Tim Ward on organisational agility: “Governance itself doesn’t do anything, but it allows people to be their best.”


3 min read

Tim Ward is the recently retired CEO at the Quoted Companies Alliance (QCA), the independent membership organisation championing the interests of small to mid-size quoted companies. Here, he reflects on his time in the role, what large organisations can learn from their nimbler SME counterparts, and what good governance can do for SMEs.

What have you learned about leadership during your time at the QCA?

I didn’t have much respect for hierarchy when I was younger, so when I became a part of this fabric I had to think about it differently.

There are two key things I’ve learned about how to lead since then. The first is to involve others in decision-making. As CEO there are times when you have to push something through, but you have to bring people into the decision process and take them with you, or let them take responsibility. For example, if someone is leading a project that I come into, I see myself as just another member of the team working to support them.

Another thing I’ve learned is to be consistent in your messaging. It might feel boring to say the same things over and over but if you’re sincere and you believe in it then it isn’t boring. You can always find ways to make the same point more compellingly, or provide more evidence — but it’s vital to keep the messaging consistent over time if you want to make sure that you are actually reaching people.

“‘Sincerity’ is the word. If you are truly sincere, and if the business is sincere about what it does, then you’ve got a really powerful combination.”

What can the leaders of small- and medium-sized businesses do to get more value from corporate governance?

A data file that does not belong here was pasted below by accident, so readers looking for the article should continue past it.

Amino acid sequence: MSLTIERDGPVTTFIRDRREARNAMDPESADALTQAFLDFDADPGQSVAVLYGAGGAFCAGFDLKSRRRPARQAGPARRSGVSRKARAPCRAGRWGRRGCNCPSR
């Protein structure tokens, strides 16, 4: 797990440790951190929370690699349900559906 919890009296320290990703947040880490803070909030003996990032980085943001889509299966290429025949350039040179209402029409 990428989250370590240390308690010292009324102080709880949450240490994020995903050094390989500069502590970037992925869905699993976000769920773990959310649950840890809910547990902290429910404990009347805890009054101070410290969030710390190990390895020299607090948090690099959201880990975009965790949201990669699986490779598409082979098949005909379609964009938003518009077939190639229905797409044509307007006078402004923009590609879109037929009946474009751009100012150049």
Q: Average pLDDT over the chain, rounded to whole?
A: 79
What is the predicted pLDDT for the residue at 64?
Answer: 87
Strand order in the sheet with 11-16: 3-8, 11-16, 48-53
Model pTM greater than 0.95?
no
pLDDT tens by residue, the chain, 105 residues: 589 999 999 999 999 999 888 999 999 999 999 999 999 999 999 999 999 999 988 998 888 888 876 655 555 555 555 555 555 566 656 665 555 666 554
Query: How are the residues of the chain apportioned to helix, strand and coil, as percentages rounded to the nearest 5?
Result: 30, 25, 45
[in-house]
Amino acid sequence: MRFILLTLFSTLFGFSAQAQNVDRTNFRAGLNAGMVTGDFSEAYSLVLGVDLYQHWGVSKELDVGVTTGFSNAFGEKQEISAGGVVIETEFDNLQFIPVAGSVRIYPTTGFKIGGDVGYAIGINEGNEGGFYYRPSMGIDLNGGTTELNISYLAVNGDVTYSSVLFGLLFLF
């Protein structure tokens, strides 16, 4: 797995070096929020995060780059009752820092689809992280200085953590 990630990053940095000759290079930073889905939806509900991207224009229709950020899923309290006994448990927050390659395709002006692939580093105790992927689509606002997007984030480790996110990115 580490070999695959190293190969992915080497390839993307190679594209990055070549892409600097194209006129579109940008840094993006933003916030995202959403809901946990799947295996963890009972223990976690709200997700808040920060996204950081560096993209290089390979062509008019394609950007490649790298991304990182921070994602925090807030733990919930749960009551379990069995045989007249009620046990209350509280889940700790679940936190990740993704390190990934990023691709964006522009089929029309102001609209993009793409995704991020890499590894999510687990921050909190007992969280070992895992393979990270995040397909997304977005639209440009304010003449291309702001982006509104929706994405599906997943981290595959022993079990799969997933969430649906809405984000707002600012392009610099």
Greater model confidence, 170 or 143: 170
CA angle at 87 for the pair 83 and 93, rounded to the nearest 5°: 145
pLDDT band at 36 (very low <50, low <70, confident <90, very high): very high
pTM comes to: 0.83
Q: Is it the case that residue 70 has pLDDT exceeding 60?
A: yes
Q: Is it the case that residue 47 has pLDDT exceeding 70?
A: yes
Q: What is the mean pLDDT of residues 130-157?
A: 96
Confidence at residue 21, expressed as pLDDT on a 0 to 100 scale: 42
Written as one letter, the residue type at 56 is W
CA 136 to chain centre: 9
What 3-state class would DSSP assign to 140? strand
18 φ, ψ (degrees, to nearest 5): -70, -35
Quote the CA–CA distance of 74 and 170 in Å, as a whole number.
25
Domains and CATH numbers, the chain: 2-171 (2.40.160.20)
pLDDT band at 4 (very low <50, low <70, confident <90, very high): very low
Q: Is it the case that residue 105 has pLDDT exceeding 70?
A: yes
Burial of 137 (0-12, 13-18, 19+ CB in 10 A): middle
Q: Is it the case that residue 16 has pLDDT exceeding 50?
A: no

This is really important to get right. The danger lies in seeing governance as a distraction and a tick-box exercise rather than as something that can be used to help you build a higher-performing and more sustainable business. When it’s done right, it ensures your board is asking the right questions — resulting in better conversations and ultimately better decisions throughout the organisation. Research we conducted 18 months after the launch of the QCA’s principles-based corporate governance code showed that a significant proportion of our members had seen this benefit.

We’d like this proportion to be higher, though. And perhaps one of the problems lies in the name: “corporate governance”. It’s too passive. And it just doesn’t get across that it’s all about enablement — helping you move from one stage of your journey as a business to the next. Done well, it will inspire investors to take you seriously and lower your cost of capital.

“Governance itself doesn’t do anything, but it does allow people to be their best — not just as individuals, but as a team.”

Why do you think smaller businesses are seen as more agile than larger ones — and what can larger organisations do about it?

Large businesses face the same fundamental challenges and issues as smaller businesses — the differences are often just a matter of scale. But smaller organisations tend to be much closer to the people they impact, viewing their staff, investors, suppliers, and customers as communities they need to engage with. This works to their advantage because it puts them in a position to more readily identify the pressing issues that they need to tackle. It may be about gathering insights that help you spot and address issues with staff retention. Or the direct feedback you get from investors when you deal with them directly, rather than through a PR or investor relations company.

I remember hearing a story from early in the pandemic where a company had switched production from candles to antiseptic fluid. Now, my feeling is that it wasn’t the CEO who came up with that idea; the team were empowered and energised to do good work for a purpose, and the organisation’s culture and processes meant they could get on with it quickly. It all comes back to innovation, which we see so much of in smaller organisations. People spot an opportunity to disrupt a market and then just go out and do it. Larger companies aren’t incapable of this — but those who view their stakeholders as communities, and engage with them frequently and directly, find it much easier.

“I’ve been in the small-cap world for ages — I love the people, and I love hearing all the fantastic stories about how people have taken an idea and made it happen.”

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